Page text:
We are warned in Environmental Science to be aware you may lose your position if you “blow the whistle.”

        It is true. It has happened to myself. At least I can sleep knowing the drinking water in my area is clean 🙂

      • As it should–the birds you call “poultry” lived their lives. Most “free range” birds are still crowded into cages and trucked for miles to the slaughterhouse where all the rest of the unfortunate chickens killed in this country meet their ends.

    • We’re going to support all efforts to save and protect our wildlife. But first we need to make the government agencies accountable to US!
      We must support organizations that work hardest for our wild animals in every way possible including financial when feasible.
      Somehow we MUST find a way to compel the wildlife agencies to determine WHERE most of their funding comes from – US or the hunters!?! Supposedly we should be learning more about study results on this issue sometime in Nov.
      Write, call and email relentlessly. And as Jim mentions, get as much support as possible….too few people know about snares, traps etc.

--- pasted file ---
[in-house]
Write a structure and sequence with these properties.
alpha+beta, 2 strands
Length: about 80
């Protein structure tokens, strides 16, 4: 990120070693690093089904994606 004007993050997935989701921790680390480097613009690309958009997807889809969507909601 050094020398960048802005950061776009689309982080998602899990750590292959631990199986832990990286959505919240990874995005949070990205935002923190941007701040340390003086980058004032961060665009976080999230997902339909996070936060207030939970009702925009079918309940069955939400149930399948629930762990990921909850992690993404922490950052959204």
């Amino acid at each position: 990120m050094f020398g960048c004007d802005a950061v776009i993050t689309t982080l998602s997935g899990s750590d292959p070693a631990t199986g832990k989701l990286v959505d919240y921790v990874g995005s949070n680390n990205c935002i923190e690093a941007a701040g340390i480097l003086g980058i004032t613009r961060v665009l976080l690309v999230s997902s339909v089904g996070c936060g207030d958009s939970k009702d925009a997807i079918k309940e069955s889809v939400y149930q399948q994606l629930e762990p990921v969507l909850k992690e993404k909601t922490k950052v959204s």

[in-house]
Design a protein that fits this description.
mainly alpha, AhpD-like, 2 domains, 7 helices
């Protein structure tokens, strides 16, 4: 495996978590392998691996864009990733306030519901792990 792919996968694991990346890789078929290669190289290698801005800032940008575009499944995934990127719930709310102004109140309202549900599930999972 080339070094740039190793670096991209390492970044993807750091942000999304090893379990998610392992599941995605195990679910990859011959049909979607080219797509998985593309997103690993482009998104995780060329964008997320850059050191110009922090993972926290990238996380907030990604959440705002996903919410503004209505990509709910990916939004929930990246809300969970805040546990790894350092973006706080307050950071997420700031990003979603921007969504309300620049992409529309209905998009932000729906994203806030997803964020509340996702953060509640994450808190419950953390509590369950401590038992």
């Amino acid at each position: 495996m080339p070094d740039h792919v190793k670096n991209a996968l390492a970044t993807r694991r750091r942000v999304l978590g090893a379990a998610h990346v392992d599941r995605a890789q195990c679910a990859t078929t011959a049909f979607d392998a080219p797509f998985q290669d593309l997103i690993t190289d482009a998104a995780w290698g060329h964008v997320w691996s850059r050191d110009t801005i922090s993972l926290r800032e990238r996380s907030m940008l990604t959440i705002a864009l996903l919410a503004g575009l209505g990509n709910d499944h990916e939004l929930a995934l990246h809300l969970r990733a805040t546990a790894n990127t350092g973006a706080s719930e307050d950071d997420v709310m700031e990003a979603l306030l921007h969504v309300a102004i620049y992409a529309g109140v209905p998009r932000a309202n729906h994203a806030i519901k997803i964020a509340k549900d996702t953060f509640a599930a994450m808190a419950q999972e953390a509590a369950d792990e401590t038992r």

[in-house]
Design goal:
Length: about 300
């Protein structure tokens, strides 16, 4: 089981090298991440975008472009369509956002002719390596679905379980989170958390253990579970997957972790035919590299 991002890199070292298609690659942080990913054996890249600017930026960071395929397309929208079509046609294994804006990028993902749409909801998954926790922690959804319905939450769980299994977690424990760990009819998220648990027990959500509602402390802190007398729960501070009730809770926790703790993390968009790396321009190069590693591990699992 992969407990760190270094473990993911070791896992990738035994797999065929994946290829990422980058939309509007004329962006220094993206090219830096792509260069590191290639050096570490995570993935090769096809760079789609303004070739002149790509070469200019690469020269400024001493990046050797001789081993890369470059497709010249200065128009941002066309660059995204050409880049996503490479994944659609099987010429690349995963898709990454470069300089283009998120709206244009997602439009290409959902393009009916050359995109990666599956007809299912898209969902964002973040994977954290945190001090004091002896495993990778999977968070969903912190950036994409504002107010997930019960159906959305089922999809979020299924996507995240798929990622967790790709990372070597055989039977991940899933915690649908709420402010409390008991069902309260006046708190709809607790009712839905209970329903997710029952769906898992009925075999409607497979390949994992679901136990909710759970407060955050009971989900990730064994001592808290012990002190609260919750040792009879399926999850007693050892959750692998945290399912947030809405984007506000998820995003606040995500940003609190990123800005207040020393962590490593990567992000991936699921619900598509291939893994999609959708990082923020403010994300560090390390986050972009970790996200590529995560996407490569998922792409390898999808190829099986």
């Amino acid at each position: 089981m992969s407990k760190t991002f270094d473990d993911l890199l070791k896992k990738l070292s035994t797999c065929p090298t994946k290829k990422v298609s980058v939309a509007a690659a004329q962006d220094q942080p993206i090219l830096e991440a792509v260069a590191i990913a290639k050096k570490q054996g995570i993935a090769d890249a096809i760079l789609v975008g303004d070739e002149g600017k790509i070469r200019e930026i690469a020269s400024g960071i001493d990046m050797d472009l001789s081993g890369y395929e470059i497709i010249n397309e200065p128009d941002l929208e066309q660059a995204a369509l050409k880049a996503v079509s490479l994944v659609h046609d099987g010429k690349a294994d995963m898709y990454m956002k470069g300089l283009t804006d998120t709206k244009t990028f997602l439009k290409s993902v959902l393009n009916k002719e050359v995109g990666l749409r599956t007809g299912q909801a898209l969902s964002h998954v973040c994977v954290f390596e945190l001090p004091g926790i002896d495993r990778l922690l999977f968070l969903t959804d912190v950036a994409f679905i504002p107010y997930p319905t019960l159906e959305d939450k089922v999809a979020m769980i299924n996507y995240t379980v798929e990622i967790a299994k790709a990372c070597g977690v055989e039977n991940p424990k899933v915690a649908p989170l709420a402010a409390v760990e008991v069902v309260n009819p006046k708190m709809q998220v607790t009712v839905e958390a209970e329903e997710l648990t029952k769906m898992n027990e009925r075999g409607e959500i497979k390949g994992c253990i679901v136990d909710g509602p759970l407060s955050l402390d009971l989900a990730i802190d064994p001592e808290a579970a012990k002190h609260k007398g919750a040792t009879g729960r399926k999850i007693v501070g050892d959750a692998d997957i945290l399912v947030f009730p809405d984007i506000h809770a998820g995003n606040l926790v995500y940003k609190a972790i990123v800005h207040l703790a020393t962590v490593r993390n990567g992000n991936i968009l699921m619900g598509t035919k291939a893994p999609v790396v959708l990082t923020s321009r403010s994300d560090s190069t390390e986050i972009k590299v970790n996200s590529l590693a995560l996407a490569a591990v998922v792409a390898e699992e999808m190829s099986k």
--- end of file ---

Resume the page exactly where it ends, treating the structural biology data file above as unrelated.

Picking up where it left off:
With all of the photos the wolf killers are sending around, they make our job easier to provide anyone who will look with photos of the most vile actions against animals imaginable. Of course, expect a few people to “unfriend” you because the graphics are often so upsetting.
      Thank goodness for these blogs….at least we have an opportunity to vent while we’re fighting.

  4. Danielle, I believe that fear is one of the factors for apathy, both in the “culpability” context that Jim mentions, as well as the infamous Animal Enterprise Terrorism Act (AETA)….hunter harrassment laws. And as I’ve mentioned before what perhaps you allude to above, it is THEY who carry the weapons and which my local newspaper sport writer admonished: “If hunters are hunting illegally on your land, DO NOT APPROACH THEM. Call the DEC or some other authority”. So there you have it.

  5. It’s real shame that those of us from the same species refuse to show compassion and empathy to other creatures, yet other animals have show such displays quite often. With a popuation of 7 billion people I think it’s time to take a look at the damage being done. what will we do when Earth can no longer substain our out ofcontrol habits? fly to another planet? thats no a good thing in my book, first earth then the universe.

    I also found some intersting videos that would be great explainations of the problems we face:

  6. Pingback: Bringing back the wolves? | Science on the Land